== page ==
Nice little bullshit-ass excuses for the fall there, financial media.
But if they were such legitimate reasons, why did price spring right back up??
Where’s Wallace, String? WHERE’S WALLACE??!!
Where are your reasons now, financial media?
Your reasons for the drop got completely destroyed in a matter of hours.
Stringer Bell couldn’t answer D’Angelo, and the media has no answer for why price immediately rebounded.
It would be best if you just came out and admitted it.
But you won’t.
It’s not in your best interest to do so.
So I’ll do my best to explain.
Why Do This?
Nothing to see here people, just a bunch of Banks and/or major institutions knocking out a slew of orders at one time and/or getting a sweet deal on the AUD, move along now.
We spoke last week about sentiment, and in the blog for it, I made a reference to how the AUD/JPY had 89% of its traders going long, trying to catch a bounce.
89% is an insane number. It’s almost a 9:1 ratio, which you almost never see on the SSI Indicator in Forex.
And the number of traders doing this just kept on rising.
This presented a rare and great opportunity for the Banks to cash in.
“Let’s take some minor news, make it sound catastrophic, and Flash Crash this sucker. Oh, and make sure it happens during low liquidity time so we have another built-in excuse. The combination of the two cannot be refuted!!”
(Not a direct quote)
Now do you think Japan is going to be super cool with their currency getting 7 percent more expensive against one of their biggest trading partners overnight?
Certainly not. This would be an understatement.
Long-term, the Japanese government may want the JPY to go up or go down for whatever reason, but it will happen gradually, and on their own terms. Certainly not like this.
So to avoid an impending foreign shitstorm, the Banks took what they needed, and put everything right back as they found it.
Just like a great thief would.
The AUD/JPY only closed about 83 pips down on the day, and they immediately rebounded back upward to the levels at the close of 2018.
But not before a bunch of people’s accounts were blown out due to slippage. And not before a bunch of stop losses got taken out, and a bunch of long limit orders were triggered, and those long traders panicked and exited.
The major players all win, the spot traders lose.
No different than any other day, just more severe this time around.
Anatomy Of A Scam, Part XXVI
There are three main reasons IMO why the Banks and major institutions get away with this.
- The media is right there to explain it away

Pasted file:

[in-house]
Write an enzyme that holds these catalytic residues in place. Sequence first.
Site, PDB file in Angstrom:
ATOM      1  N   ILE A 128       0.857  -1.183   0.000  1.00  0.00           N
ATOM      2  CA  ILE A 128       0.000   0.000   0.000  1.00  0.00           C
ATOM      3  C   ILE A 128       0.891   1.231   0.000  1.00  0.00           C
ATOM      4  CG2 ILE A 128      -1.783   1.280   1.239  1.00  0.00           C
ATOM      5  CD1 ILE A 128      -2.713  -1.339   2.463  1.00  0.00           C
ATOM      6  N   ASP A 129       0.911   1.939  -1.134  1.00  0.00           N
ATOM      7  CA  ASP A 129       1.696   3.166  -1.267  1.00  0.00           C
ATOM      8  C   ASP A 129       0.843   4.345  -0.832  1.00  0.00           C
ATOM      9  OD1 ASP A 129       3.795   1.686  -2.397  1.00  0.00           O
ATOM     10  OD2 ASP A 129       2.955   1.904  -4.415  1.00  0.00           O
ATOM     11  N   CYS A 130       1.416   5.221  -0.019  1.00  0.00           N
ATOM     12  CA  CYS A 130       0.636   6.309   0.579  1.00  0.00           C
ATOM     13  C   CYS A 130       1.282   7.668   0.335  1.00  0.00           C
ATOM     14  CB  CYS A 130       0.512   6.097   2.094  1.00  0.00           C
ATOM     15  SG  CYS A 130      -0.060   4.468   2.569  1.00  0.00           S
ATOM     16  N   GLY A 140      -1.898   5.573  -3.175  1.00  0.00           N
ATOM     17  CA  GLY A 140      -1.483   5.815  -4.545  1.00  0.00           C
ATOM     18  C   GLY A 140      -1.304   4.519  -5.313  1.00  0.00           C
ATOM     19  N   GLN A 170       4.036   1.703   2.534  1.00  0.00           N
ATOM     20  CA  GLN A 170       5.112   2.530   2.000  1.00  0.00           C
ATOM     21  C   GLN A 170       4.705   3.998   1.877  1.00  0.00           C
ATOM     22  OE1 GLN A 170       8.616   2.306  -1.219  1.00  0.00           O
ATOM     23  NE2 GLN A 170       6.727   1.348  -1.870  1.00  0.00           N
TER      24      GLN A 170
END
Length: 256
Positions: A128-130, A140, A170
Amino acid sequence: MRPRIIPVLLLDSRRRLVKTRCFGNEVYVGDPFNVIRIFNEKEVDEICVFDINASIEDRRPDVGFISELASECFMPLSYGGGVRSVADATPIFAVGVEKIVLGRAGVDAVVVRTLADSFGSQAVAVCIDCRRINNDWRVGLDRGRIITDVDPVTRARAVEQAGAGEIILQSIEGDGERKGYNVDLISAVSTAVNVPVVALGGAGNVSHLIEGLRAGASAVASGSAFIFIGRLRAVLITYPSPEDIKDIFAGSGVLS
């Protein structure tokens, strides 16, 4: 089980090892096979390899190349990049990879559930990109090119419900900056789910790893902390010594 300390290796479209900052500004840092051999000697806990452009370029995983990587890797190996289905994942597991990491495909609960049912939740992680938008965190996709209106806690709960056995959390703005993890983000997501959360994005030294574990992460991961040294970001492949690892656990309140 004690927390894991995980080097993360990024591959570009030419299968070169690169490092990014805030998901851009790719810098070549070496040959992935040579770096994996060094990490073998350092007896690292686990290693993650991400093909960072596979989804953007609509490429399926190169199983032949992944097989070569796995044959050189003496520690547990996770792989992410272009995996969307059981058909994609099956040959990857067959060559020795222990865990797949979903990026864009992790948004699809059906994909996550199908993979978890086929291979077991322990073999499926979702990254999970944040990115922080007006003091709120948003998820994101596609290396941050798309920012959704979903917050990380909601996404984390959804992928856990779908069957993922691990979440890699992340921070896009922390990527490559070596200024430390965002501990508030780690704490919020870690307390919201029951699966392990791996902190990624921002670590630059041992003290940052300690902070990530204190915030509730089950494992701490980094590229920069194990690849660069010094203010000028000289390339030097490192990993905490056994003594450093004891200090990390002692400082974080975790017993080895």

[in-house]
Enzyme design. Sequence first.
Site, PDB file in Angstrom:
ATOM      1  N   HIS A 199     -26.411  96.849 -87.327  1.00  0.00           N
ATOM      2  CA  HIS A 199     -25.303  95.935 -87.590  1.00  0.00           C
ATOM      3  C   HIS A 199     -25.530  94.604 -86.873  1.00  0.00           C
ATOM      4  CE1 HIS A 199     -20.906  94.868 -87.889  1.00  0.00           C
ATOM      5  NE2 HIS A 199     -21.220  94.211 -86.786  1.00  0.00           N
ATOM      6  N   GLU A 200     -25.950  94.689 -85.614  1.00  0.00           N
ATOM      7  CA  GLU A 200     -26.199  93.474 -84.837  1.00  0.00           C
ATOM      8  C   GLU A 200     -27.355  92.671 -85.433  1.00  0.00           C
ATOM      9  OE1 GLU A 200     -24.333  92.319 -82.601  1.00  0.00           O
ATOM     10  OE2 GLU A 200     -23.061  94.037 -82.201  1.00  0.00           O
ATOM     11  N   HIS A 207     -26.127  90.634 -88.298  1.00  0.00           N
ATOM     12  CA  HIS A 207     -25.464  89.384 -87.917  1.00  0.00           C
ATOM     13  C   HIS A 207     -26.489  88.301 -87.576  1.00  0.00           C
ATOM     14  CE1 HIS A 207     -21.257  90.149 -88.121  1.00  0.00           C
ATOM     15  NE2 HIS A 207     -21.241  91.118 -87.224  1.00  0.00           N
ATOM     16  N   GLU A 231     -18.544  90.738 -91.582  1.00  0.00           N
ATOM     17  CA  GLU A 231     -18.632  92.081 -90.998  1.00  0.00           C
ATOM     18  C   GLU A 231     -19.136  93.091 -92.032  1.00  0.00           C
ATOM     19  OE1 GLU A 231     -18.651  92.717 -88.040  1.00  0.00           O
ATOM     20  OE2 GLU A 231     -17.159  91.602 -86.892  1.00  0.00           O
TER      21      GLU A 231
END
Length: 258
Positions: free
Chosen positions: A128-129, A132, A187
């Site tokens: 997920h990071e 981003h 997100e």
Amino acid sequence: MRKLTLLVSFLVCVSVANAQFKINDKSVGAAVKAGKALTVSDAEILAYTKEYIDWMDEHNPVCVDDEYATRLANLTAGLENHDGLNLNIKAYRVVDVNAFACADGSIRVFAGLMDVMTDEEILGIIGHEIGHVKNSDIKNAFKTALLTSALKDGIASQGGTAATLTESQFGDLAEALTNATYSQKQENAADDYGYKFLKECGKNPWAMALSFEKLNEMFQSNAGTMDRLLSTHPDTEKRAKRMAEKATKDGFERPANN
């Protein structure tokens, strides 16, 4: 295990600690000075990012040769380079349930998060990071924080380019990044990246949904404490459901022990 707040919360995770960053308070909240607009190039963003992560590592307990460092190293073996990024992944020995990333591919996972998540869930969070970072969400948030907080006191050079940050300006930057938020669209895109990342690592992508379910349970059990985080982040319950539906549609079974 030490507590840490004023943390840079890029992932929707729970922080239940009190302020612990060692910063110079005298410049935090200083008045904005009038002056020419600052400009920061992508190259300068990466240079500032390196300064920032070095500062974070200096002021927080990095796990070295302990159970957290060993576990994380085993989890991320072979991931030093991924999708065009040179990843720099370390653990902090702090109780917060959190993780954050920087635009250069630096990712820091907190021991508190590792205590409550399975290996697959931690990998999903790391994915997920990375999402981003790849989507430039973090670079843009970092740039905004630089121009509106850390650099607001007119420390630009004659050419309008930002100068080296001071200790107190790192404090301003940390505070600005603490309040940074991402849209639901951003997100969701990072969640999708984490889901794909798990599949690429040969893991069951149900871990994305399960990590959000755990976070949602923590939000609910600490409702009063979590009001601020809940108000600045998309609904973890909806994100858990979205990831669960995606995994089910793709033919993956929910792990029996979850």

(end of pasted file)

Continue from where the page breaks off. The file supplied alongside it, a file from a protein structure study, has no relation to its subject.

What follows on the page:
- They’re too big to punish. Any fines they get for fuckery result in parking ticket-level money.
Reason number three, like the Dual-Line Scam in my “Patience” video, is one that fascinates me.
3) You can get away with major greedy shit, as long as you space it out enough.
In the restaurant world, where I come from, there are dozens of ways to manipulate the system, through the computer, or promotions, or whatnot, for the purpose of stealing money from your place of employment.
I never did this. Not for moral reasons though, I would have loved to have stolen from some of these awful places, but because the risk/reward wasn’t there.
This is Vegas mind you, very top-end waiter jobs are plentiful here.
I could not justify endangering an $80,000+ per year job for a few extra twenties here and there. Not even a few extra hundreds.
And then you have that shit on file forever that you stole from your work.
Not for me. But I saw, at every single place I worked, people who would take money that wasn’t theirs constantly.
One group of people always got caught. The other group, very seldom got caught.
And this was consistent across the board.
The dumbasses who would steal on the regular would always get caught, because as slick as they thought they were, abnormalities would pop up in accounting, and now they were on watch. And the computers would show proof over time of theft.
The people who had the patience to steal every once in awhile, spacing it out every month or two, never tripped the sensors, and never got caught.
And it was the same for people who were stealing wine, steaks, silverware, whatever.
Just like everywhere else, instant-gratification monkeys getting slaughtered, and patient, surgical tactitians walking home with the loot.
The same goes for flash crashes. You can’t just up and do that shit all the time. You got to space it out, over years, across multiple markets.
The Wikipidia page on Flash Crashes again does a good job of showing you how this has been done recently.